Pain in Fabry Disease: Practical Recommendations for Diagnosis and Treatment

Juan M. Politei, Didier Bouhassira, Dominique P. Germain, Cyril Goizet, Antonio Guerrero-Sola, Max J. Hilz, Elspeth J. Hutton, Amel Karaa, Rocco Liguori, Nurcan Üçeyler, Lonnie K. Zeltzer, Alessandro Burlina

Research output: Contribution to journalArticlepeer-review

Abstract

Aims: Patients with Fabry disease (FD) characteristically develop peripheral neuropathy at an early age, with pain being a crucial symptom of underlying pathology. However, the diagnosis of pain is challenging due to the heterogeneous and nonspecific symptoms. Practical guidance on the diagnosis and management of pain in FD is needed. Methods: In 2014, experts met to discuss recent advances on this topic and update clinical guidance. Results: Emerging disease-specific tools, including FabryScan, Fabry-specific Pediatric Health and Pain Questionnaire, and Würzburg Fabry Pain Questionnaire, and more general tools like the Total Symptom Score can aid diagnosis, characterization, and monitoring of pain in patients with FD. These tools can be complemented by more objective and quantifiable sensory testing. In male and female patients of any age, pain related to FD can be an early indication to start disease-specific enzyme replacement therapy before potentially irreversible organ damage to the kidneys, heart, or brain occurs. Conclusion: To improve treatment outcomes, pain should be diagnosed early in unrecognized or newly identified FD patients. Treatment should include: (a) enzyme replacement therapy controlling the progression of underlying pathology; (b) adjunctive, symptomatic pain management with analgesics for chronic neuropathic and acute nociceptive, and inflammatory or mixed pain; and (c) lifestyle modifications.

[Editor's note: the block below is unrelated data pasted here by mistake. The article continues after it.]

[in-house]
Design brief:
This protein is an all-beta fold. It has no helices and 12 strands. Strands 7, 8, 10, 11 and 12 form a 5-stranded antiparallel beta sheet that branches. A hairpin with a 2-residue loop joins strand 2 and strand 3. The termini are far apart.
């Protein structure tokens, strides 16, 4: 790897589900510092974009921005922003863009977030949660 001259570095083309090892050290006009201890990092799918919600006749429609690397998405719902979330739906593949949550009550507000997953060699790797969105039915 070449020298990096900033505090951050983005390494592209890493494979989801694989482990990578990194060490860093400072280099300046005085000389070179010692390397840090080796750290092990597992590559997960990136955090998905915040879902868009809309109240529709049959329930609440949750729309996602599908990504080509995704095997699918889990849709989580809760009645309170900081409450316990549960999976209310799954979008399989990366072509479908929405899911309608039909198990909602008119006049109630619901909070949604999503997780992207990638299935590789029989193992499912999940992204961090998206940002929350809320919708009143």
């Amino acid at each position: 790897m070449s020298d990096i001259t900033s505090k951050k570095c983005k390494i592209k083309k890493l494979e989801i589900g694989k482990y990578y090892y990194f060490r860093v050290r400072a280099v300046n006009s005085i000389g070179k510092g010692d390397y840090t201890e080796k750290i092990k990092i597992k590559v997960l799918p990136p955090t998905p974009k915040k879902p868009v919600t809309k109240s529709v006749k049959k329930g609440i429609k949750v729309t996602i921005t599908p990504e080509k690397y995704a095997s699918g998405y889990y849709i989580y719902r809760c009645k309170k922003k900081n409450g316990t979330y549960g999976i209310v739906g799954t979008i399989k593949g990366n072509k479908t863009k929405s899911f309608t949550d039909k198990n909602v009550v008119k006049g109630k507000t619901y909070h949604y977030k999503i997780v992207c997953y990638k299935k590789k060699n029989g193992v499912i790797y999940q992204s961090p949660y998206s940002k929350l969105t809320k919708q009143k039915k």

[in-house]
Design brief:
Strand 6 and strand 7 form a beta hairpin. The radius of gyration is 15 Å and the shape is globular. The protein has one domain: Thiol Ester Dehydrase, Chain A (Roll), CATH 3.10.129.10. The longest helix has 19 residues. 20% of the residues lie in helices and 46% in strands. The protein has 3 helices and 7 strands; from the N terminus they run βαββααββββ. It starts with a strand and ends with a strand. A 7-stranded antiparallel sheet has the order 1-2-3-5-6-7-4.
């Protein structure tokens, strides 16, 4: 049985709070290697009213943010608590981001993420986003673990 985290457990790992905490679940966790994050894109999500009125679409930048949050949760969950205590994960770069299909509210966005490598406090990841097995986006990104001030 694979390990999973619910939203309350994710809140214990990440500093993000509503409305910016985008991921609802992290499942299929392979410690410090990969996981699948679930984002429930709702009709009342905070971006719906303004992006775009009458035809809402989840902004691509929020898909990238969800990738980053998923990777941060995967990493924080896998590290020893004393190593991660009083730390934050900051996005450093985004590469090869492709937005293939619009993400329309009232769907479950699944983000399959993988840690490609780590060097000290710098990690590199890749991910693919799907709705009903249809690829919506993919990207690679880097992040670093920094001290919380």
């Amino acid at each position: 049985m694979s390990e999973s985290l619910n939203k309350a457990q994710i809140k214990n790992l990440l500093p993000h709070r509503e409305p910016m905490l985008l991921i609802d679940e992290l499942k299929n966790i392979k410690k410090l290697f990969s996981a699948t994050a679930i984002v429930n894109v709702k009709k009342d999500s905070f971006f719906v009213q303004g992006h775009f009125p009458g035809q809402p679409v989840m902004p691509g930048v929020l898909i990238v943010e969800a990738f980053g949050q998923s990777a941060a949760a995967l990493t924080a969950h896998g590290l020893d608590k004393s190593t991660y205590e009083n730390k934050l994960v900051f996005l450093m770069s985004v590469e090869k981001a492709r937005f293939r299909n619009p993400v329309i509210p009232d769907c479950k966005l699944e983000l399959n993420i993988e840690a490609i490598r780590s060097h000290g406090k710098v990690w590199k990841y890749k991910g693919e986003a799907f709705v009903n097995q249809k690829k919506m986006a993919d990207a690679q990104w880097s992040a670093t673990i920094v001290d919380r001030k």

Original languageEnglish
Pages (from-to)568-576
Number of pages9
JournalCNS Neuroscience and Therapeutics
Volume22
Issue number7
DOIs
Publication statusPublished - Jul 1 2016

Keywords

  • Diagnosis
  • Enzyme replacement therapy
  • Fabry disease
  • Pain
  • Peripheral nervous system

ASJC Scopus subject areas

  • Pharmacology (medical)
  • Physiology (medical)
  • Psychiatry and Mental health
  • Pharmacology

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